A Test of the Effectiveness of a Device and Distraction for Pediatric Immunization Pain
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|ClinicalTrials.gov Identifier: NCT01152489|
Recruitment Status : Completed
First Posted : June 29, 2010
Last Update Posted : June 22, 2011
|Condition or disease||Intervention/treatment||Phase|
|Procedural Pain||Device: Device: Buzzy Device: Buzzy: sham device||Phase 2 Phase 3|
Needle pain is the most common and the most feared source of childhood pain, resulting in needle phobia for 10$ of adults. Current standard of care for immunizations in the US is no pain relief. An inexpensive, immediately effective form of needle pain control could reduce needle phobia or vaccine refusal in the long term if demonstrated to be effective for immunization pain.
Distraction can decrease procedural distress in children by 50%. The effect of using a multi-modal pain and distraction relieving approach has not been rigorously studied.
|Study Type :||Interventional (Clinical Trial)|
|Estimated Enrollment :||345 participants|
|Intervention Model:||Parallel Assignment|
|Masking:||None (Open Label)|
|Primary Purpose:||Supportive Care|
|Official Title:||Phase II Study of the Effectiveness of a Device and Distraction for Pediatric Immunization Pain in Multiple Age Groups|
|Study Start Date :||April 2010|
|Actual Primary Completion Date :||April 2011|
|Actual Study Completion Date :||April 2011|
No Intervention: Standard Care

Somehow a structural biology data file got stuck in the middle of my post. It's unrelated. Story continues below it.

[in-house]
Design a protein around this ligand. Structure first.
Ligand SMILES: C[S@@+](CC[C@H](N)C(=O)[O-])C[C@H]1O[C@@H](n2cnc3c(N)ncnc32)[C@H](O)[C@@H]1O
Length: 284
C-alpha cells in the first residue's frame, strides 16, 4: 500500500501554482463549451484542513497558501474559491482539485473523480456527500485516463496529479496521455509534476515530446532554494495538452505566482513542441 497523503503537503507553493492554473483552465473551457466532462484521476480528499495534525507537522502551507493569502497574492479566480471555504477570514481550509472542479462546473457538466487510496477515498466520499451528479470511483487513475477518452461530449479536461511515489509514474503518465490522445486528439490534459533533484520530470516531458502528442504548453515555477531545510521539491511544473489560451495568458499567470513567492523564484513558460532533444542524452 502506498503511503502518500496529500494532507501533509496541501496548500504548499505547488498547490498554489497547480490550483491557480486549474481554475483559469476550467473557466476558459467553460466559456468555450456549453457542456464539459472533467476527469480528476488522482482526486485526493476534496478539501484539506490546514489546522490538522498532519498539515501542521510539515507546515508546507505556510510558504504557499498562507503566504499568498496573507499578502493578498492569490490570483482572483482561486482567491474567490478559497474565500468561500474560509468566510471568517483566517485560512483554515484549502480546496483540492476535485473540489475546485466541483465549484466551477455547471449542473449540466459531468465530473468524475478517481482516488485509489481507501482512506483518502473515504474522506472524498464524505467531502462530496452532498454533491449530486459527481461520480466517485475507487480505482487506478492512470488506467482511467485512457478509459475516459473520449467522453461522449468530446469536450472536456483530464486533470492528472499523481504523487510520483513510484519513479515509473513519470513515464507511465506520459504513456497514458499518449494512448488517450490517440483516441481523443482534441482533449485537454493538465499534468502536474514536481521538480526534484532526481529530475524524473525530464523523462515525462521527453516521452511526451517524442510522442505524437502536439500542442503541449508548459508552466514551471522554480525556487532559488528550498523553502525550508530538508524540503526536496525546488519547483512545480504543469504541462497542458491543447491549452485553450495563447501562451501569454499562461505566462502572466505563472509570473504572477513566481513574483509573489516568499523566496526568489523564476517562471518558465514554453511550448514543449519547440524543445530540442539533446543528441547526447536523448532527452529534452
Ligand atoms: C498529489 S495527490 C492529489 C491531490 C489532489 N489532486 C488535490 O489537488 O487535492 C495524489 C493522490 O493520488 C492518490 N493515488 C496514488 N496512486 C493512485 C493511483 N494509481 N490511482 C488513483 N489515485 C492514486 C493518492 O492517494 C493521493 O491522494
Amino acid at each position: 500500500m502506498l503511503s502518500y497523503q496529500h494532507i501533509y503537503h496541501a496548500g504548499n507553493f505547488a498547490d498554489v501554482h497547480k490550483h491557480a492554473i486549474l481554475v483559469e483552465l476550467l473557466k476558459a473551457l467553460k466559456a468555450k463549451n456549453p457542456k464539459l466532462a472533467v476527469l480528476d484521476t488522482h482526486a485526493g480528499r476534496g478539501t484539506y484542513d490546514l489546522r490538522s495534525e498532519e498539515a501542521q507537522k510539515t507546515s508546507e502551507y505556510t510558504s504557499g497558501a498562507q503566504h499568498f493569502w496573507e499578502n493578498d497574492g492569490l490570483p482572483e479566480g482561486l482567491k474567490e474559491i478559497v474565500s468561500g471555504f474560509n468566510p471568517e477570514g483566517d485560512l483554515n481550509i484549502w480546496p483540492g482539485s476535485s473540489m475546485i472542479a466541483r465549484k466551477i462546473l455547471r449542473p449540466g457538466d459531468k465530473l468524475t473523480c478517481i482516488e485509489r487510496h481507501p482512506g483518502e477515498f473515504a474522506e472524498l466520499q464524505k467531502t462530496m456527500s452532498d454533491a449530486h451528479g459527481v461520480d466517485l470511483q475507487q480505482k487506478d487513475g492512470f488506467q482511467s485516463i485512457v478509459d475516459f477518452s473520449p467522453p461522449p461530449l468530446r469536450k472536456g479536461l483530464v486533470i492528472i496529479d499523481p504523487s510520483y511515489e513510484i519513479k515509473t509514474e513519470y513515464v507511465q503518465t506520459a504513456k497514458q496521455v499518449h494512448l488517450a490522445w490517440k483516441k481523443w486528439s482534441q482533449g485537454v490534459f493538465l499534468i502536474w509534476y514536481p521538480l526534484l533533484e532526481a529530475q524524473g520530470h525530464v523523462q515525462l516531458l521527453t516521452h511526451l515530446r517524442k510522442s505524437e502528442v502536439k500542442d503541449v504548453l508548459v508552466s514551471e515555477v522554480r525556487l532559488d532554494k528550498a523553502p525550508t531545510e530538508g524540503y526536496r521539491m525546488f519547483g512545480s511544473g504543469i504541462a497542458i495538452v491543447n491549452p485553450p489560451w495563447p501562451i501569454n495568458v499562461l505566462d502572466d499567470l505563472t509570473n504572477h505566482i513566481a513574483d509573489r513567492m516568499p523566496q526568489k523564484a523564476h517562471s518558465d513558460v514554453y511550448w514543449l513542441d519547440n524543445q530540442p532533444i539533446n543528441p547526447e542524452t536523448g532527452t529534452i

Immunizations are given with standard care of no pain control
Active Comparator: Experimental
Vibrating device with cold pack held to arm proximal to injections within the same dermatome; caretakers offered and instructed in use of distraction cards.
Device: Device: Buzzy
"Buzzy", the vibrating cold pack, is held in place with a velcro strap or pressed by caretaker or nurse immediately prior and during immunizations. The vibration is activated and the device remains in place during the shot, moving locations if multiple shots are given. Distraction cards with pictures on one side and questions on the other are shown to the child while the caretaker asks the finding and seeking questions on the back.
Sham Comparator: Sham Device
The device without batteries or cold pack held to arm proximal to injections. No formal distraction.
Device: Buzzy: sham device
The identical device without batteries or a cold pack is held in place proximal to the site with a velcro strap or pressed by parent or nurse immediately prior to immunizations. The device remains in place throughout the procedure, moving locations to complete multiple shots.
Other Name: Buzzy
- Pain of immunization [ Time Frame: 5 minutes during or immediately after immunizations ]Infants' and toddlers' pain is assessed by coding videotapes using the FLACC (face, legs, activity, crying and consolability) scale. Patients age 4 and older rate pain using self-report via the Faces Pain Scale Revised.
- Pain from immunization using observational measures [ Time Frame: 5 minutes immediately following immunization ]Caretakers and nurses administering the shots rate pain using a 10cm Visual analog scale from "no pain" to "most pain possible"; duration of infant cry is also assessed following the procedure using coded videotape recordings.
- Treatment satisfaction [ Time Frame: 5 minutes after immunizations ]10 item scale ranging from "strongly agree" to "strongly disagree" with ten parameters of satisfaction with the methods and concepts of immunization.
To learn more about this study, you or your doctor may contact the study research staff using the contact information provided by the sponsor.
Please refer to this study by its ClinicalTrials.gov identifier (NCT number): NCT01152489
|Principal Investigator:||Amy Baxter, MD||MMJ Labs LLC|